THE SHARED DREAM IMMIGRANT PRIZE
Thrilled to announce the winner of the Shared Dream Immigrant Contest. Janine Joseph selected “Mother Said, I Want Your Pain” by Naoko Fujimoto. Congratulations!! Look forward to this chapbook in Spring 2018.
Of the collection, Janine Joseph writes:“I do not know/ if I am even right to be a mother at a right time,” discloses the speaker in the opening poem of Mother Said, “I Want Your Pain.” Evocative and startling in their unflinching clarity of image, these poems are inheritors of the aftermath of nuclear fallout and chemical warfare. They are tuned to the movement of transgenerational traumas. Grandmothers who “hid in a ditch with three horses” while B-29s shot bullets overhead, leave relatives who later ask of our bequeathed earth, “Is the land poisoned or not poisoned?” Here is a striking collection with a deft voice, poised even as it turns on or transcends an observation or emotion: “Grandfather watches TV on the highest volume,/ the howling-wind.”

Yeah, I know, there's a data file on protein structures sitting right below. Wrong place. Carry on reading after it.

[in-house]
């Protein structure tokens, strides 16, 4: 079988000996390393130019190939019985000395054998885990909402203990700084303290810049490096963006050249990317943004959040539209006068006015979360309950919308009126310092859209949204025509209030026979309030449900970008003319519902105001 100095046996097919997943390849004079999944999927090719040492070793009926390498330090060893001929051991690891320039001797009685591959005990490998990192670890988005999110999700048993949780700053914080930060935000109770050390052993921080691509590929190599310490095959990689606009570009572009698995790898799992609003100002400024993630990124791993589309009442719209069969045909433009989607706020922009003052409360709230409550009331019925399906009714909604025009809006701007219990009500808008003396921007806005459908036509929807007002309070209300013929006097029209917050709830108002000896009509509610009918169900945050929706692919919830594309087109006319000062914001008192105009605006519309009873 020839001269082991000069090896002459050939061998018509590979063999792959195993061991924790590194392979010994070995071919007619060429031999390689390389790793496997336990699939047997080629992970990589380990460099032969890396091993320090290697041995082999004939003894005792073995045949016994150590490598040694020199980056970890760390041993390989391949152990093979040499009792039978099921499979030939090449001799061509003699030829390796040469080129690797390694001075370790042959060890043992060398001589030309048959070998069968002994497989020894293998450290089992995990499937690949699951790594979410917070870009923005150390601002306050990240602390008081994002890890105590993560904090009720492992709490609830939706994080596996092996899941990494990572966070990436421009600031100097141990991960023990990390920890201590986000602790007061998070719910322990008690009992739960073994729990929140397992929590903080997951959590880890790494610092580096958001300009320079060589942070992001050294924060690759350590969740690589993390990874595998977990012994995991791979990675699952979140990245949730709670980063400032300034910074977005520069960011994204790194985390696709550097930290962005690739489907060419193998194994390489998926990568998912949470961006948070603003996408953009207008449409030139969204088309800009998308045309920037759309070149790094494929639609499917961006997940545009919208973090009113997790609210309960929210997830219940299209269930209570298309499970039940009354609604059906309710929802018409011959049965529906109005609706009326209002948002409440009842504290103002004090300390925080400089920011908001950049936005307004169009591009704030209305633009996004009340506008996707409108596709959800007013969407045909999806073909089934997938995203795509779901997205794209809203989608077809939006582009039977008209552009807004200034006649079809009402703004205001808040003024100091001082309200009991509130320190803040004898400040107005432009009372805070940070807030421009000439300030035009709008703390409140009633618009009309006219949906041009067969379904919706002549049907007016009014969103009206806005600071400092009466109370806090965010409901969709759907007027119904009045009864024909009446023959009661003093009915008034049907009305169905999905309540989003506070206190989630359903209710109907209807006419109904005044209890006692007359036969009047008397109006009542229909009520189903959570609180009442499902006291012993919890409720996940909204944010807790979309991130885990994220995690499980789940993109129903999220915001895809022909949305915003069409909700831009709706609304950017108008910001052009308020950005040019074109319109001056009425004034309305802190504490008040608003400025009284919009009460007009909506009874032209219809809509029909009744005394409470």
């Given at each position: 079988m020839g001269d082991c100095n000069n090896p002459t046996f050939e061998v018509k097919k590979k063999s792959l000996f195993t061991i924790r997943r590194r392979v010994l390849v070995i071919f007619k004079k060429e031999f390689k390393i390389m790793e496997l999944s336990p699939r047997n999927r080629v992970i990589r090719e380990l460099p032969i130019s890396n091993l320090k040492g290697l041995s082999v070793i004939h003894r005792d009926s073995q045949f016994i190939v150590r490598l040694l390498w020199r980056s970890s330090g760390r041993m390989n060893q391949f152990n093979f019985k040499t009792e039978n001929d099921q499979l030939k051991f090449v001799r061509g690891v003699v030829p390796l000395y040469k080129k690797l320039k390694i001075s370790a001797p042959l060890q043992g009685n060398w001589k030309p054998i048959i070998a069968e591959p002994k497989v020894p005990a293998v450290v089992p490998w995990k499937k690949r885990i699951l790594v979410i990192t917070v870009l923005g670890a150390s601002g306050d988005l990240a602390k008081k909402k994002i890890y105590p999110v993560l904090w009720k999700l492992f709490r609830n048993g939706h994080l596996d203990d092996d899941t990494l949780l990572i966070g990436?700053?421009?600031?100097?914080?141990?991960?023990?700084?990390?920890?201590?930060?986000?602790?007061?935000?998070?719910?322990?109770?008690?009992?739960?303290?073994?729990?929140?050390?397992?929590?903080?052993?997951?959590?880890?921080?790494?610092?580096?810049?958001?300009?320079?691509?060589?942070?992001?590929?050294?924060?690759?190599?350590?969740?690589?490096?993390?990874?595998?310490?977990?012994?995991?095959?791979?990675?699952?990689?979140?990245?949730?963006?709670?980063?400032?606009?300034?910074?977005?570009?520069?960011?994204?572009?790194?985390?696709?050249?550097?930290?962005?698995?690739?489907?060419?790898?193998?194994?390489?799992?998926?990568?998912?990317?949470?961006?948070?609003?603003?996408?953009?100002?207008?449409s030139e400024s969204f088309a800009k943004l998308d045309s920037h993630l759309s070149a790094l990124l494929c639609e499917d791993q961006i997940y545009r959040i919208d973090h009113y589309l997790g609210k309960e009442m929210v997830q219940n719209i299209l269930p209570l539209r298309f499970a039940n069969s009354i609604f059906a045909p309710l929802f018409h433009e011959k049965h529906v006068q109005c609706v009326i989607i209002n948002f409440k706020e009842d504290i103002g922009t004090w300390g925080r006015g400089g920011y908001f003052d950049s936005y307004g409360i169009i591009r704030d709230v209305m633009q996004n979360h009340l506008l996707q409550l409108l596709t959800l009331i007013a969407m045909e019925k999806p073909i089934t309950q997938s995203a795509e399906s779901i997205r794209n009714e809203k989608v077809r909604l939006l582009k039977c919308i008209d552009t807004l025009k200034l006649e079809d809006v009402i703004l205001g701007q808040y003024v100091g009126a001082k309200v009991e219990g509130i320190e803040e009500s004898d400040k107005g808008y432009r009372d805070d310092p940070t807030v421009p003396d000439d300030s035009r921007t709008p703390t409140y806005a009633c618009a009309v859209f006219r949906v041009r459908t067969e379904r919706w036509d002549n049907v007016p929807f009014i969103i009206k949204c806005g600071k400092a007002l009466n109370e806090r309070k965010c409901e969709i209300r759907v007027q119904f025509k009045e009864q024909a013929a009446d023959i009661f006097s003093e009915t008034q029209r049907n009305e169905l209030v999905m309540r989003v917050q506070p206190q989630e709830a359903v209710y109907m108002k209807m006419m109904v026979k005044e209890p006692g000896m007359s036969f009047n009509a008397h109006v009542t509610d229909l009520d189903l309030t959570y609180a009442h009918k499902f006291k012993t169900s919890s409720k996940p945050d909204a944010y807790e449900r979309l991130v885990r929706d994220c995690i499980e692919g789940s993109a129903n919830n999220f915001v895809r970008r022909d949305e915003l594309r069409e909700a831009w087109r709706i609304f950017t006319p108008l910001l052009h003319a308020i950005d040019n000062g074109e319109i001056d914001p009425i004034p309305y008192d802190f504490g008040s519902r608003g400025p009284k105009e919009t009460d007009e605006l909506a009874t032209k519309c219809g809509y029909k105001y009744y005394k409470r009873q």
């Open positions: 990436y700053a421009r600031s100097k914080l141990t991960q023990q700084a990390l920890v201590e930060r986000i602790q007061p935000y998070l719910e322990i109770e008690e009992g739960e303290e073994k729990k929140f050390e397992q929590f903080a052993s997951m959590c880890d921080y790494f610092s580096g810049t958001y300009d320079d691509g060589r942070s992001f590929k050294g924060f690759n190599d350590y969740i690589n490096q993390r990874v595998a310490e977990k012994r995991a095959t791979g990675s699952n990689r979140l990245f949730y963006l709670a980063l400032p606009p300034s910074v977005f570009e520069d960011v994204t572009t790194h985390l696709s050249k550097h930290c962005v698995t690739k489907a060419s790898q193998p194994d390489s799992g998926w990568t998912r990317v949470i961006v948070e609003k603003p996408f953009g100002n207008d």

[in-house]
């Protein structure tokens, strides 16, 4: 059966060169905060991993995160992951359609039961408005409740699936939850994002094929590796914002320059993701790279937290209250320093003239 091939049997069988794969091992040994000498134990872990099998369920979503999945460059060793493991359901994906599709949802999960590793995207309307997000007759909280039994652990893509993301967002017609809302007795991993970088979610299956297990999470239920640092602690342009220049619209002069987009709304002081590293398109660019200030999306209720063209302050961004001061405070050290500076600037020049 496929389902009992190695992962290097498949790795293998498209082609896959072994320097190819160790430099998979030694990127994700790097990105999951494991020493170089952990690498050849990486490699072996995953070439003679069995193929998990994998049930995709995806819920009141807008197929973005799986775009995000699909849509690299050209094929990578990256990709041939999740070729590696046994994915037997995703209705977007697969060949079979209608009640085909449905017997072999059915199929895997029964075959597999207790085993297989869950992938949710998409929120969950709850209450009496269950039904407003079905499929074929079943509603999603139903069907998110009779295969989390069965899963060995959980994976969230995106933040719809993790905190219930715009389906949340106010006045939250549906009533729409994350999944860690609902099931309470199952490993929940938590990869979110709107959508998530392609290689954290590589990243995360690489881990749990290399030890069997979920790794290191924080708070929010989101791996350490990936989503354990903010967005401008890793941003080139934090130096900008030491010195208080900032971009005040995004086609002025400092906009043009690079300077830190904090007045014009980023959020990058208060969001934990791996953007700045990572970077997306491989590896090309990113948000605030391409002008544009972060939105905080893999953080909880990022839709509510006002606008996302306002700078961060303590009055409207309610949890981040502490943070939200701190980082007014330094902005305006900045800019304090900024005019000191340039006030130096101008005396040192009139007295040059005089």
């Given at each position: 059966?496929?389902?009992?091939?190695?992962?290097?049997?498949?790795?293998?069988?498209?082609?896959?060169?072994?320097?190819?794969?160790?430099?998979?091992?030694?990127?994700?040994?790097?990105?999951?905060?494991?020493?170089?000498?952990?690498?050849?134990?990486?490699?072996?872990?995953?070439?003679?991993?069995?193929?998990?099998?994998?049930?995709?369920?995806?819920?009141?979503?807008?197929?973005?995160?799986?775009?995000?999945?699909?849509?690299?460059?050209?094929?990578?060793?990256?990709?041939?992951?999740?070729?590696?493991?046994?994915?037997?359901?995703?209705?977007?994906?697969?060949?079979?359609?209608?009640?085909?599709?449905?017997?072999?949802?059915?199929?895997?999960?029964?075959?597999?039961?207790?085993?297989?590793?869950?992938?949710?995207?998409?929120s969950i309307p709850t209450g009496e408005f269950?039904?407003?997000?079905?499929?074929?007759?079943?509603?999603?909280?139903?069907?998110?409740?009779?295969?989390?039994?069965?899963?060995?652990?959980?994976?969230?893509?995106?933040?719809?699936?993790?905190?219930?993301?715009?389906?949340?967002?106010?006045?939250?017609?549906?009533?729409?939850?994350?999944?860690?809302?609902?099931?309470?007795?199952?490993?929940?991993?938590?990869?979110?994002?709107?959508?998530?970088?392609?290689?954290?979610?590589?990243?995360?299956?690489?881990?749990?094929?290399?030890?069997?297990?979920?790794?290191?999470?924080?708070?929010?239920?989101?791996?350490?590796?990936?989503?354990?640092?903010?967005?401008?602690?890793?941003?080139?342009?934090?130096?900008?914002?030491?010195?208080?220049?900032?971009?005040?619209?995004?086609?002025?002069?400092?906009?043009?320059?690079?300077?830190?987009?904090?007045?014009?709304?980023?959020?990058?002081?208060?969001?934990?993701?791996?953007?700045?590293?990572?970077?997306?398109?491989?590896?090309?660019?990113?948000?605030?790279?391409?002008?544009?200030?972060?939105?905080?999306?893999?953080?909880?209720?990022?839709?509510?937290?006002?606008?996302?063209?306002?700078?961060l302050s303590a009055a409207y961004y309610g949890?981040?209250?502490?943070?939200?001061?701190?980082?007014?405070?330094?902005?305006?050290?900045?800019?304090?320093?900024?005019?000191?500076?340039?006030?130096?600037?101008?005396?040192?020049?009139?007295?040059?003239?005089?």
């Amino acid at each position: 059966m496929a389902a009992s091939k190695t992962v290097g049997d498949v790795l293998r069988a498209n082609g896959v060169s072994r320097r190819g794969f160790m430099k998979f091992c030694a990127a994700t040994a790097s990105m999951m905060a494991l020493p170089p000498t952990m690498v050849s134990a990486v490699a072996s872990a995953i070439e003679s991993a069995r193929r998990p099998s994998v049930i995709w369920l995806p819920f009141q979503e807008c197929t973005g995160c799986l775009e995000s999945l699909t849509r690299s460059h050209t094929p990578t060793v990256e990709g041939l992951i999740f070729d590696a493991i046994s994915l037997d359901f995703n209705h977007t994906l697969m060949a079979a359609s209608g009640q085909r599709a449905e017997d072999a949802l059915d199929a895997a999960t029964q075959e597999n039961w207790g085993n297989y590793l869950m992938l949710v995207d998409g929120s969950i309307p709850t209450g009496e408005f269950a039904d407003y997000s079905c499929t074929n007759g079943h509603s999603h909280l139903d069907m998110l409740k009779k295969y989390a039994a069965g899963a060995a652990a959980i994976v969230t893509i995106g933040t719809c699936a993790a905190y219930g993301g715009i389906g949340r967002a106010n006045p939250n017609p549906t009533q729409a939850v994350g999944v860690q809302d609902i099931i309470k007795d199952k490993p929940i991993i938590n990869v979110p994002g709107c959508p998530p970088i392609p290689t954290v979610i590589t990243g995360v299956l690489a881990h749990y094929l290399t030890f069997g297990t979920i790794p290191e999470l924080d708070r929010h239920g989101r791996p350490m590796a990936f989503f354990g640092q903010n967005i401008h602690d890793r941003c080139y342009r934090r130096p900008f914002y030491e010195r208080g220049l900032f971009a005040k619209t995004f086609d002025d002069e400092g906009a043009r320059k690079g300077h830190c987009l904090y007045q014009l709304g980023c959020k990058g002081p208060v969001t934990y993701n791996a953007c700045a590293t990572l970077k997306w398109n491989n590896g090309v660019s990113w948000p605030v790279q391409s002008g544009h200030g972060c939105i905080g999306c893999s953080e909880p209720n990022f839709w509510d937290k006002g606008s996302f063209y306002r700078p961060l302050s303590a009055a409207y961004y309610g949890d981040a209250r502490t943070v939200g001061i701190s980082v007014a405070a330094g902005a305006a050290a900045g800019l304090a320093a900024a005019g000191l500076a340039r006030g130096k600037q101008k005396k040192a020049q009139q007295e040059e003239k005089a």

In addition to the winning manuscript, we are pleased to publish “Present Values” by Jose Edmundo Reyes.
“They come in droves like refugees, fleeing a colder sun. They brave our crooked, cratered roads, they offer dark, red coins. We welcome them for their eyes blue as the sky, their skin white as the sand. Listen: even the coral reefs sing them lullabies at night.” In Present Values, Reyes constructs taunt and lyrical poems filled with dark coins and deals. Often customary in the immigrant’s experience, there is witness bearing to wealth and waste. A furtherance of mere poetry, this is insightful examination of free market culture, its lure and power— how it feeds us when we are most hungry or destroys us in our worship of it.